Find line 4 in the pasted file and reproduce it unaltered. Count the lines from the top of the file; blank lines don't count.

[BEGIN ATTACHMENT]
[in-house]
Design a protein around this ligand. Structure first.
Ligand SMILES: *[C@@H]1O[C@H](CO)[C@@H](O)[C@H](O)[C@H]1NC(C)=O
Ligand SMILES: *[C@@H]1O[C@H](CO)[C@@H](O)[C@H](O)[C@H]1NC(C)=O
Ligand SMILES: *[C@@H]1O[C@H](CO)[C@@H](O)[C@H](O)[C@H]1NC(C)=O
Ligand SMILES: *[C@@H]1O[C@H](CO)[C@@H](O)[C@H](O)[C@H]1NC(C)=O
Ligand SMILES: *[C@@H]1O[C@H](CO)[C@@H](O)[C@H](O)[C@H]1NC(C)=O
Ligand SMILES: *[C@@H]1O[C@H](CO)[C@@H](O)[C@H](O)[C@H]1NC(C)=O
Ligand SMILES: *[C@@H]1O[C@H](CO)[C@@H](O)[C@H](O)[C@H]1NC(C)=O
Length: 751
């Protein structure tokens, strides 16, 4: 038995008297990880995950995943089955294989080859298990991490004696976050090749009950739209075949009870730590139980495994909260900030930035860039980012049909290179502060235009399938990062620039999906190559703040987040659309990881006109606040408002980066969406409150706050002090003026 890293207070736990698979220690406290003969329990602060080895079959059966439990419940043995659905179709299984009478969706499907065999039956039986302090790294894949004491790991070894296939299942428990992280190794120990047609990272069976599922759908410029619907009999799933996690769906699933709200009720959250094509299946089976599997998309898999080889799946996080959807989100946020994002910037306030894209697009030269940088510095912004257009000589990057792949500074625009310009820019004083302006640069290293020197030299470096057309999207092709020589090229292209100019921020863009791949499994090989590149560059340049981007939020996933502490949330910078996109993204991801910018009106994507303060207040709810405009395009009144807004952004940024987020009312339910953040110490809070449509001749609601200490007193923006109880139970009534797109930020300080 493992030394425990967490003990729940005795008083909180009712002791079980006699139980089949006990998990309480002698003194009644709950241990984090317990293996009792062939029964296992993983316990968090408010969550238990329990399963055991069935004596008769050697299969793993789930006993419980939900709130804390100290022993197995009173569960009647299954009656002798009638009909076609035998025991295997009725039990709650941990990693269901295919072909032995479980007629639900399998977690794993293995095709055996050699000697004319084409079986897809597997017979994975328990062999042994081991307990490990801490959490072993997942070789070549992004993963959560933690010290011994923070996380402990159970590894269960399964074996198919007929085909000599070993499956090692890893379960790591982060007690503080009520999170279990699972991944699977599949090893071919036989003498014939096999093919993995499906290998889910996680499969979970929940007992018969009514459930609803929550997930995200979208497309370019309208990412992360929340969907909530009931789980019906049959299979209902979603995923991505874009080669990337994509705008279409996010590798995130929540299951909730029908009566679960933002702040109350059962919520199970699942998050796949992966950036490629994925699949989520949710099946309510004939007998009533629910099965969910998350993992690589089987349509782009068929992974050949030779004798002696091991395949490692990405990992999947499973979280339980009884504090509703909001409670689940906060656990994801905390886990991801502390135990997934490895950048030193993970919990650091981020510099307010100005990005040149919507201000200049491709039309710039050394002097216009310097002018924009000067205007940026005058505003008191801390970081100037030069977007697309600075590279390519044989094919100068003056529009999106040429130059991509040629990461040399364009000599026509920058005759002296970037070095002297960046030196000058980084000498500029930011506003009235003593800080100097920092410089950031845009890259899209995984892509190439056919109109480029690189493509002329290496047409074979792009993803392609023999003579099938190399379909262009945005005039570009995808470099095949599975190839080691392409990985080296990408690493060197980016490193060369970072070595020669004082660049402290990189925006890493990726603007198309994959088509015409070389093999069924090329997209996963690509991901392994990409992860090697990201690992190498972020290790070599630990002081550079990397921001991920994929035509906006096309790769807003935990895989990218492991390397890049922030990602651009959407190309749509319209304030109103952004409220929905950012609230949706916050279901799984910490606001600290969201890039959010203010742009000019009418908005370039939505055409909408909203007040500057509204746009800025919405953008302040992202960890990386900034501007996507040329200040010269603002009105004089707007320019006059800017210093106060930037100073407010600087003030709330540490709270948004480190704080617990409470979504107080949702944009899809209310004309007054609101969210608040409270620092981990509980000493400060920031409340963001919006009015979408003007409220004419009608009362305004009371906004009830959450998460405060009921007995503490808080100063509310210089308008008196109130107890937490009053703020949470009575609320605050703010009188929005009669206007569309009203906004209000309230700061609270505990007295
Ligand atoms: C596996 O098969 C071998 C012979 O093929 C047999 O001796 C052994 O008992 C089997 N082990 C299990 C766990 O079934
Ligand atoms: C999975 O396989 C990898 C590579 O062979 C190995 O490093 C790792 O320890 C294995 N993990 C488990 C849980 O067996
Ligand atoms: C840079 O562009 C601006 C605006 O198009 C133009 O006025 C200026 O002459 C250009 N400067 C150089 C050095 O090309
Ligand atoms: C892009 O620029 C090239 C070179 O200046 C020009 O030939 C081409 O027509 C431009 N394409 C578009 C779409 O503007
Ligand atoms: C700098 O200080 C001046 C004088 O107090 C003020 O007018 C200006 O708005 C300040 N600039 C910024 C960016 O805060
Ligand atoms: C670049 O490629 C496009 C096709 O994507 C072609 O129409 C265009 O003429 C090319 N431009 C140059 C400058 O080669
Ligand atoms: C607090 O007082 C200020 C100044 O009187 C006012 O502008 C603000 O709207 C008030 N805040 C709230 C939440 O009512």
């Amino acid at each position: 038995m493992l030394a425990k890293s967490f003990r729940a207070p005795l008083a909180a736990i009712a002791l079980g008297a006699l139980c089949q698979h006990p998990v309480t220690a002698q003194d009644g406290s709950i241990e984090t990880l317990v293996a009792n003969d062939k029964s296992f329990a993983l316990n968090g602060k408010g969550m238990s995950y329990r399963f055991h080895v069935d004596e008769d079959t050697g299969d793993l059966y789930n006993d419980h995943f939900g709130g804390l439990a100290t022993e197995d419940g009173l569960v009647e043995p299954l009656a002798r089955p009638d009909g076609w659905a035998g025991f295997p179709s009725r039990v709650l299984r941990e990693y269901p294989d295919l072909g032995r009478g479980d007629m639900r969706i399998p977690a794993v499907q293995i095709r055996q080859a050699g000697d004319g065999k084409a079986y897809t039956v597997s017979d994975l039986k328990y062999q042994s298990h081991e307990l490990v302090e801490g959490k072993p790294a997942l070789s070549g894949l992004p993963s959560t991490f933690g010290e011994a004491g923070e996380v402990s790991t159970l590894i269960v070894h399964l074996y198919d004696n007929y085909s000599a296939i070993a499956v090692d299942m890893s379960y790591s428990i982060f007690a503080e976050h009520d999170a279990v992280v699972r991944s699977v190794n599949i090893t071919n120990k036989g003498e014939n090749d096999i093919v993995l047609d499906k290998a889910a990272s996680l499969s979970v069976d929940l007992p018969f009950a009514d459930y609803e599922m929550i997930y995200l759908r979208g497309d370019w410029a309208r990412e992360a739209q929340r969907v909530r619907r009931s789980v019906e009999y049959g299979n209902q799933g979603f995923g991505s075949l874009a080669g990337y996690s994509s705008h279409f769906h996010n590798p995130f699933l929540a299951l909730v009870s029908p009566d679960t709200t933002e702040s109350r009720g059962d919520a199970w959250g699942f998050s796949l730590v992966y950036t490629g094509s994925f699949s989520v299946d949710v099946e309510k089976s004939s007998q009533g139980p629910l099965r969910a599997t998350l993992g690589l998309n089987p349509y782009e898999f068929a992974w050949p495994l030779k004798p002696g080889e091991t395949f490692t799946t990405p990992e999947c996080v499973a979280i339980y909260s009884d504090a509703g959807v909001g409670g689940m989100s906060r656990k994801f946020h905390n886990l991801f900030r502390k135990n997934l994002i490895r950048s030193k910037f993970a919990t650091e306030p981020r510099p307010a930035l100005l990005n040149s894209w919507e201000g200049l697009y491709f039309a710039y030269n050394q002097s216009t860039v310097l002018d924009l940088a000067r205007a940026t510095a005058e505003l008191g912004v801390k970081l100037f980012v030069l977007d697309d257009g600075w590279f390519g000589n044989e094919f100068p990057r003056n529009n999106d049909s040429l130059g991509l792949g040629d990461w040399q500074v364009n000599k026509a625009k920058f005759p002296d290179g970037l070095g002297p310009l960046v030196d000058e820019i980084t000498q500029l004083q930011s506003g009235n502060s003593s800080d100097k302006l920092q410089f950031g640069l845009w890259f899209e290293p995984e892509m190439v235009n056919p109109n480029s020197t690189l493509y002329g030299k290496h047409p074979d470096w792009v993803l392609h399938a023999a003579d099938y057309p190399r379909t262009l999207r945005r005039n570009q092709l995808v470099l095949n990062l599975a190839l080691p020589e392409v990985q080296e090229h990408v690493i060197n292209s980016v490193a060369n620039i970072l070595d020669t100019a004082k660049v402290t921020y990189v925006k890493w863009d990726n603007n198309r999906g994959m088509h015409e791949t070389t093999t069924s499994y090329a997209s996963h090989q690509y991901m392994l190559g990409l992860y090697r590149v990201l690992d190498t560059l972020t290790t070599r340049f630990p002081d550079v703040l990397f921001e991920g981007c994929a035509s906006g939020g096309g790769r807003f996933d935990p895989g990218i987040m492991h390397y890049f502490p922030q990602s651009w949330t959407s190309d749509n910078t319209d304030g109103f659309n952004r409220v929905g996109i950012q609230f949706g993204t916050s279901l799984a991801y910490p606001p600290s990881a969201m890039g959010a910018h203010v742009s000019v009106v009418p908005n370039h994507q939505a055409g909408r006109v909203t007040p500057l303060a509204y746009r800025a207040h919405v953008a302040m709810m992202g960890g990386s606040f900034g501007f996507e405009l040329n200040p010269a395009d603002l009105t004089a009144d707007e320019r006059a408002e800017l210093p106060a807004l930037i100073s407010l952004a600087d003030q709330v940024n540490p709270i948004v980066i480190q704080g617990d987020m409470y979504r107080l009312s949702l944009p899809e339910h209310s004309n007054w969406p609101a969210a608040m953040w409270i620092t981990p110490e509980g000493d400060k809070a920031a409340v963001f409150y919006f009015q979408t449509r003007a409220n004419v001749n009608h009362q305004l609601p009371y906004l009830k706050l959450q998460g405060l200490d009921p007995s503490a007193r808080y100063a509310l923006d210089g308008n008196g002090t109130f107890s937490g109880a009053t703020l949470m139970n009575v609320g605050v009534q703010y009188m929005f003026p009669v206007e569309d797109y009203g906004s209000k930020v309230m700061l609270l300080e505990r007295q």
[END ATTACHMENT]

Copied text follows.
Ligand SMILES: *[C@@H]1O[C@H](CO)[C@@H](O)[C@H](O)[C@H]1NC(C)=O